Monday, Sept. 24
HFMA and the American Organization of Nurse Executives present a “Certificate Program in Health Care Finance for Nurse Executives” (through Sept. 25). Learn more.
Sixth annual National Association of Specialty Pharmacy (NASP) meeting, Washington, D.C. (through Sept. 26). Learn more.
Comments due on the CY19 proposed rule for the Medicare Hospital Outpatient Prospective Payment System (OPPS). Learn more.
Webinar by the Agency for Healthcare Research and Quality on “Medicaid’s Personal Responsibility Provisions.” Learn more.
Deadline for submissions to the Health Resources and Services Administration’s Maternal and Child Health Bureau “Preventing Childhood Obesity Challenge.” Learn more.
Tuesday, Sept. 25
Webinar by HFMA titled “Explore Health Care Innovations That Improve Quality and Reduce Costs.” Learn more.
Webinar by Change Healthcare titled “Episode Analytics – More Than Just Bundled Payments” (free for qualified attendees). Learn more.
Hearing by the Senate Finance Committee’s Primary Health and Retirement Security Subcommittee titled “Health Care in Rural America: Examining Experiences and Costs.” Learn more.
Webinar by America’s Health Insurance Plans (AHIP) titled “Remote Monitoring, Big Data Transform Senior Care.” Learn more.
Webinar by the Association of American Medical Colleges titled “Approaches to Hispanic Health Research.” Learn more.
Web conference by the Advisory Board titled “Use Data to Match Staffing to Demand.” Learn more.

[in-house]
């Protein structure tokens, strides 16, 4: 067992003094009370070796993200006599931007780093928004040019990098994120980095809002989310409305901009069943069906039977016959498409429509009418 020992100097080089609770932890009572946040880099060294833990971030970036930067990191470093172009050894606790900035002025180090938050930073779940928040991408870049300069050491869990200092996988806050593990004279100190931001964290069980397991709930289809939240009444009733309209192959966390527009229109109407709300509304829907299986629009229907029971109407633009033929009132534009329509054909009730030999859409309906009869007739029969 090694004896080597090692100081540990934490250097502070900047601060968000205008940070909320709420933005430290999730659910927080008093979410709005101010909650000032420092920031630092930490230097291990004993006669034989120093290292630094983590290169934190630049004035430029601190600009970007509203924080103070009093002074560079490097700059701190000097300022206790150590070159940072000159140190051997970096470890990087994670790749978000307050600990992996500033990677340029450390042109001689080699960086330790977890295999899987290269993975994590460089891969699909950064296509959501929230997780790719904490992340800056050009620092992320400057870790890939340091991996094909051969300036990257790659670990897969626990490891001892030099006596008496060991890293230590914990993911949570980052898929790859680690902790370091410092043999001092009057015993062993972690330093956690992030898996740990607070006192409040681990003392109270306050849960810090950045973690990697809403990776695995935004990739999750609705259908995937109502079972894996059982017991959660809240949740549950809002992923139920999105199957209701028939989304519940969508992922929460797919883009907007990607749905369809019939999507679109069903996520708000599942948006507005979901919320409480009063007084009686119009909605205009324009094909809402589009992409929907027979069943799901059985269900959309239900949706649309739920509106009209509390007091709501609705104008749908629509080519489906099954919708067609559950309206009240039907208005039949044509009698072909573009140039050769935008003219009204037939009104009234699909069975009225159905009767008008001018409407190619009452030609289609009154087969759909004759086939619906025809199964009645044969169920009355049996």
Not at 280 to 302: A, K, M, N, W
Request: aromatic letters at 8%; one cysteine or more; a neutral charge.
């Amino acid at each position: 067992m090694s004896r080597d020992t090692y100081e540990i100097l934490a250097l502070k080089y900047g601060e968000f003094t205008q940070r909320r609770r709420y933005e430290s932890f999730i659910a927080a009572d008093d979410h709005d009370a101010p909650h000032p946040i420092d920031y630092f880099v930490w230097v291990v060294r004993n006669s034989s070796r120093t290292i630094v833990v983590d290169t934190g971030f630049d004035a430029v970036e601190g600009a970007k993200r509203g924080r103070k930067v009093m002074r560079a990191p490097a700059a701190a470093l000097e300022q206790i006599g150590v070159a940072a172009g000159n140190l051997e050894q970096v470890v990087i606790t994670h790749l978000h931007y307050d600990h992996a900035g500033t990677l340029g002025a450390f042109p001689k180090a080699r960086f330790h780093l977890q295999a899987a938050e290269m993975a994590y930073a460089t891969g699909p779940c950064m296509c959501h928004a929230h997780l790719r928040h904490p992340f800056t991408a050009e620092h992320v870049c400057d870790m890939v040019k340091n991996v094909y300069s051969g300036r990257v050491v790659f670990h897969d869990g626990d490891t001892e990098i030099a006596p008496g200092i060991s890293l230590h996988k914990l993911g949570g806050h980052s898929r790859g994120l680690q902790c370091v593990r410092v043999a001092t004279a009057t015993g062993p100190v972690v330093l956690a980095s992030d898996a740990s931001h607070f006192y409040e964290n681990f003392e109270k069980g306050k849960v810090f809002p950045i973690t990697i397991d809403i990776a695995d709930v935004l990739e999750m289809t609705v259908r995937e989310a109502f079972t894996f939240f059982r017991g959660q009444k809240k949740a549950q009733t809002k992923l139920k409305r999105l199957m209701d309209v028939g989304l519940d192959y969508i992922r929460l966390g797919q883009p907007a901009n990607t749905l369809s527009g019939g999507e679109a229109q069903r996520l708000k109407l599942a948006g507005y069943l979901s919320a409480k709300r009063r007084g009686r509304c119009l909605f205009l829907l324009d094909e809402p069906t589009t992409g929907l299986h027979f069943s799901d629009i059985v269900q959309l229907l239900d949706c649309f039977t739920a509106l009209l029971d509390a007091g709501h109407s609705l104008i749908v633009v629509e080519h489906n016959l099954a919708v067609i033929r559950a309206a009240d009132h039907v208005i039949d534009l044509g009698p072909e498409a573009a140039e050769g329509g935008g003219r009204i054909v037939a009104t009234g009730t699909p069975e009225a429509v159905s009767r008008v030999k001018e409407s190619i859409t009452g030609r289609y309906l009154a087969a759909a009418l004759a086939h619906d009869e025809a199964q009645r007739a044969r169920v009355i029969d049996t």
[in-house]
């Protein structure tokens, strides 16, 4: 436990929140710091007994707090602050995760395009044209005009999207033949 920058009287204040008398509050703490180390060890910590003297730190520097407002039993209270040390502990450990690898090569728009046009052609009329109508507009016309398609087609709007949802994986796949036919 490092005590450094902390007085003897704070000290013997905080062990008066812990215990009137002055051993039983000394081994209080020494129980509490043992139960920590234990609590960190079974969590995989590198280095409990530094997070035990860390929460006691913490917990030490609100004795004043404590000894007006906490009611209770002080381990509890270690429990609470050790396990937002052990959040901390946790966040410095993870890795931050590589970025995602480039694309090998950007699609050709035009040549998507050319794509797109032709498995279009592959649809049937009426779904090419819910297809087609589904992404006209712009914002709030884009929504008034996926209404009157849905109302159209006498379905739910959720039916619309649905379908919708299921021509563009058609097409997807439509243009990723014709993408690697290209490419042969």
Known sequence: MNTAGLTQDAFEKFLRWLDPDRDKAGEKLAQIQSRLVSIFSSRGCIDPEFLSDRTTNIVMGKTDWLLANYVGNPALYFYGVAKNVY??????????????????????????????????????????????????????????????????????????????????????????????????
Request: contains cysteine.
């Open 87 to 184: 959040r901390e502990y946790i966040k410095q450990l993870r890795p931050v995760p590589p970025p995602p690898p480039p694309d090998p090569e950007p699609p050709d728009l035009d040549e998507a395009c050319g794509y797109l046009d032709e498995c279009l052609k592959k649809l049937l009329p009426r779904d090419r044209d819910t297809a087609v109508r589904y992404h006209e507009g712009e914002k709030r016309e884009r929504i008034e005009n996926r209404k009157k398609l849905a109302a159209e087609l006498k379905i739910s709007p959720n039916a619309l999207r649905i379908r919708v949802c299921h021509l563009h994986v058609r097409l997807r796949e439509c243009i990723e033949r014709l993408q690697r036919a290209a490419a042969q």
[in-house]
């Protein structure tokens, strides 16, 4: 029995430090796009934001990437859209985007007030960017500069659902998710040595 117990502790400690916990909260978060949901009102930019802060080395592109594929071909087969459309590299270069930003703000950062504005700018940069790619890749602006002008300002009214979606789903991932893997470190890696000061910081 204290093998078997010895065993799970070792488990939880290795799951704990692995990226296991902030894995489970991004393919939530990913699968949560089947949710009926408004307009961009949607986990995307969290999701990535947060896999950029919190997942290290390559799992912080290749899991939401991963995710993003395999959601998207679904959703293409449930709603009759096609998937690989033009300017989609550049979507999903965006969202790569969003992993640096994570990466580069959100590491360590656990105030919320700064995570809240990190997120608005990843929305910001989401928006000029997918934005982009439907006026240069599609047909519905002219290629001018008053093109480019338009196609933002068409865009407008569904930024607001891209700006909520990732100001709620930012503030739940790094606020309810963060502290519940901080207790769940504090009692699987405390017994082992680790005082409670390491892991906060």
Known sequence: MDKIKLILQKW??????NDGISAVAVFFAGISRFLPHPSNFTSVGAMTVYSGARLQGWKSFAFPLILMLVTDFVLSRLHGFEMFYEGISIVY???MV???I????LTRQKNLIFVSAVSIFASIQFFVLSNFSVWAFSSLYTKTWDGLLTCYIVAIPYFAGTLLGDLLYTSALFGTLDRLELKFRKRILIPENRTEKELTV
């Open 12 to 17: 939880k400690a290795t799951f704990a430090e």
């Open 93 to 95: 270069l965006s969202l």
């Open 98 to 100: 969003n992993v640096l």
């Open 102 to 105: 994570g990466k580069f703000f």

Webinar by the American Hospital Association (AHA) titled “Hospitals and Opioids: Drug Diversion and Patient Safety.” Learn more.
Webinar by CAQH CORE titled “Prior Authorization Industry Landscape.” Learn more.
Wednesday, Sept. 26
Webinar by HFMA titled “Roadmap for Revenue Cycle Results Post EHR Implementation.” Learn more.
Hearing by the Senate Veterans Affairs Committee titled “The State of the VA: A 60 Day Report.” Learn more.
Conference call by CMS titled “Medicare Diabetes Prevention Program: New Covered Service.” Learn more.
Webinar by CMS titled “FY 2019 IPPS/LTCH PPS Final Rule Webinar—Overview of eCQM Reporting and Promoting Interoperability Programs.” Learn more.
Webinar by the American Health Lawyers Association titled “The Intersection of Public Health and Healthcare in the 21st Century: Hot Topics and Practice Tips, Part II.” Learn more.
Transform2018 Mayo Clinic conference, Rochester, Minn. (through Sept. 27). Learn more.
Webinar by AHIP titled “Accelerate Your Health Care Transformation with Data Analytics.” Learn more.
Thursday, Sept. 27
Webinar by HFMA titled “Creating a Consumer-centric Patient Financial Experience.” Learn more.
Hearing by the House Oversight and Government Reform’s Subcommittee on Intergovernmental Affairs and Subcommittee on Healthcare, Benefits, and Administrative Rules titled “The Benefits of a Deregulatory Agenda: Examples from Pioneering Governments.” Learn more.
Hearing by the House Veterans Affairs Committee titled “Veteran Suicide Prevention: Maximizing Effectiveness and Increasing Awareness.” Learn more.
Webinar by AHA titled “Understanding the Science Behind Behavioral Assessments.” Learn more.
National Summit on Promoting Well-Being and Resilience in Healthcare Providers by Ohio State University, Columbus, Ohio. Learn more.
Webinar by AHIP titled “Optimize Risk Adjustment Through Technology-Enabled Payer/Provider Collaboration.” Learn more.
Web conference by the Advisory Board titled “Tactics to Keep Your Cancer Patients Out of the ED.” Learn more.
Meeting sponsored by the American Journal of Managed Care titled “Future Perspectives on Oncology Value-Based Care,” New York City. Learn more.
Friday, Sept. 28
AHA’s Association for Healthcare Volunteer Resource Professionals 50th annual conference and exposition, Chicago (through Oct. 2). Learn more.
Registration closes for the 2018 National Ryan White Conference on HIV Care and Treatment, Oxon Hill, Md. Learn more.